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By Romano De Vivo, Vice President of Sustainability, CropLife International
I joined CropLife International last year, inspired by the purpose and vision to advance innovation in agriculture and to play a leading role in enabling more sustainable food systems. Against the backdrop of increasing extreme weather patterns and other effects of climate change, this purpose has never felt more urgent.
At CropLife, we believe that agriculture can be a solution to climate change. Providing food and nutrition security to the world, agriculture is the backbone of the UN’s Sustainable Development Goals (SDGs) and can have wider benefits for sustained, inclusive economic growth.
However, addressing the socio-economic and environmental challenges related to climate change and making progress toward the SDGs requires a concerted effort from stakeholders across all sectors. Businesses have started to act in certain areas, but – given the enormity of the challenge – still need to do much more and need to be supported in their efforts by a system of policies and an enabling environment of multi-stakeholder collaborations.
This is why CropLife International is supporting the UNFCCC negotiations. I recently attended the Bonn Climate Change meetings, two weeks of intensive preparation for the decisions to be taken at COP27 in Sharm el-Sheikh, Egypt in November.
At the heart of the meetings were scientific information from two recent IPCC reports and the call for more ambitious climate action. This call included agriculture and the urgency of action needed to mitigate impacts and strengthen the resilience of rural communities by providing education, information, and financial support to de-risking activities on which food security depends.
During the Bonn meetings, the Presidency was officially handed over from the United Kingdom to Egypt, who has continued to raise the prominence of agriculture by championing the Food and Agriculture for Sustainable Transformation (FAST) initiative, which focuses on ensuring finance moves back into agriculture to accelerate the implementation of projects to help strengthen agricultural systems to climate change.
The Koronivia agricultural workstream, which CLI has been following for several years, was another area of focus in Bonn. This process will culminate at COP27 with a report on the next steps for an increasingly resilient agriculture that brings together climate action and food security. We’re excited to see agriculture increasing in prominence and also featured within the presidency’s key initiatives.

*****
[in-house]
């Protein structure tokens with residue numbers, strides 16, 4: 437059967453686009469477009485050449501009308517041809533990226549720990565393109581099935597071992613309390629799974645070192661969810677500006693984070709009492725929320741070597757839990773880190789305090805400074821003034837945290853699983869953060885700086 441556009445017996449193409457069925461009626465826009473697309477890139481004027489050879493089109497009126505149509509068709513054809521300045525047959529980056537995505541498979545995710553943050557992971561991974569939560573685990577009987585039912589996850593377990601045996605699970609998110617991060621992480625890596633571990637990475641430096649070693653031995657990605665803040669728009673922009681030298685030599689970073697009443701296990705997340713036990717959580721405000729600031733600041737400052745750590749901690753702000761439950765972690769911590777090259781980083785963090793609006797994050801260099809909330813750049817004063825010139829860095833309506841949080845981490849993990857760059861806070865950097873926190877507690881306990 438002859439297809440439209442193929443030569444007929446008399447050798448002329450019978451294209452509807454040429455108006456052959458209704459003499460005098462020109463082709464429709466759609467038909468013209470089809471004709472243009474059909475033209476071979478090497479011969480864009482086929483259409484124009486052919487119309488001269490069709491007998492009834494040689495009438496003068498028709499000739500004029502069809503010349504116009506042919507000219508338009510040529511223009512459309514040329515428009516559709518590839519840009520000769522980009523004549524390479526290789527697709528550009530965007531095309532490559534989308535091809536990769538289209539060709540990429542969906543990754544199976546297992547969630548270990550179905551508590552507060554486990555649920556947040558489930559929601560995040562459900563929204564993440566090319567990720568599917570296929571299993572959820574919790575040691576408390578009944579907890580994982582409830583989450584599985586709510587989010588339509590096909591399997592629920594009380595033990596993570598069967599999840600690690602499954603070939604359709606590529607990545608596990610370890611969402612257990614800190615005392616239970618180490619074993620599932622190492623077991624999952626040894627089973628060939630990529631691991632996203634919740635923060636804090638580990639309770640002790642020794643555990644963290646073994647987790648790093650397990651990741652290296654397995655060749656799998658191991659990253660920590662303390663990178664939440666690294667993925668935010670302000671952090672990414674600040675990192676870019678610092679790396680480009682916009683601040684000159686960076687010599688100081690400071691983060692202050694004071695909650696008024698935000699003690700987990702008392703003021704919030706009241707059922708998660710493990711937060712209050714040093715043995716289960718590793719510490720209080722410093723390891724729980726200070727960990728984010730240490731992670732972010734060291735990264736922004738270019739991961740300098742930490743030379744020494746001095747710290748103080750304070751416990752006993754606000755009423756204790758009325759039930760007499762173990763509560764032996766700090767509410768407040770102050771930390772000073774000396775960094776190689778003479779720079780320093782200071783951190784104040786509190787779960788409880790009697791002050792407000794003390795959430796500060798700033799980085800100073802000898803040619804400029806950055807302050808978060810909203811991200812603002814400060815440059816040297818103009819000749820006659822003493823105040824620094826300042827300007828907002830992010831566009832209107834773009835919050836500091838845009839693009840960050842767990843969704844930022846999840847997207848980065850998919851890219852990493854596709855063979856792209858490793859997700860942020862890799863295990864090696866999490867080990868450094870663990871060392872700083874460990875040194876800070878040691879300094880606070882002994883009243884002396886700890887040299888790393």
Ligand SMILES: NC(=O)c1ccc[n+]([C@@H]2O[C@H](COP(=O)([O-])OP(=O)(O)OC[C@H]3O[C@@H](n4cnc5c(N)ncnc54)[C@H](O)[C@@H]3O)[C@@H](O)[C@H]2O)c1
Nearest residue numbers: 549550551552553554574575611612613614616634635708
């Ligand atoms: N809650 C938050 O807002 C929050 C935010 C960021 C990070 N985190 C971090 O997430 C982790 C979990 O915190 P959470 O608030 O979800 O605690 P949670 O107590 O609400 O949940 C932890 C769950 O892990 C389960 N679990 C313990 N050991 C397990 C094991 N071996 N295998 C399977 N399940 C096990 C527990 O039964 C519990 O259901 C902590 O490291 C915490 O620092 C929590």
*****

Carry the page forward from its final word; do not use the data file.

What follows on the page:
CropLife International hosted an official side event focused on accelerating adaptation and climate action through collaboration with a stimulating discussion on multi-stakeholder platforms and programs that integrate adaptation and mitigation into farming practices, building on the convergence of technologies, helping farmers implement climate-safe protocols, and collectively making agriculture more climate resilient through an open and inclusive dialogue of all stakeholders.
Our President and CEO Giulia Di Tommaso kicked off the event with a keynote address on the positive role of innovation in agriculture. The panel included a wide range of stakeholders working on climate solutions, including Ana Maria Loboguerrero of CGIAR; Marilique Nijmeijer of Clim-Eat; Ann Vaughn from USAID; James Smith of WBCSD; Gilson Martins of the Federal University of Paraná; and Robert McDonald from The Nature Conservancy.
The discussion highlighted critical elements such as innovation, both in technology and in society, knowledge transfer, and various de-risking solutions. I personally thought the emphasis on de-risking was very relevant and timely. Its translation into access opportunities – access to education, to technologies, to markets, and to financial services and institutions – made the value of open, vulnerability-focused collaboration among various stakeholders even clearer.
The speakers’ wide range of experience and expertise allowed us to explore concrete examples of multistakeholder collaboration, such as the exceptional platform implemented by CGIAR in Latin America, and understand what works, needs improvement, or requires rethinking.
I remain inspired by CropLife’s purpose and vision, and the key themes emerging from Bonn – the prominence of agriculture as a solution to climate change and the essentialness of multistakeholder collaboration – continue to motivate me as we look ahead to the important discussions on the agenda for November and in our work to support rural communities.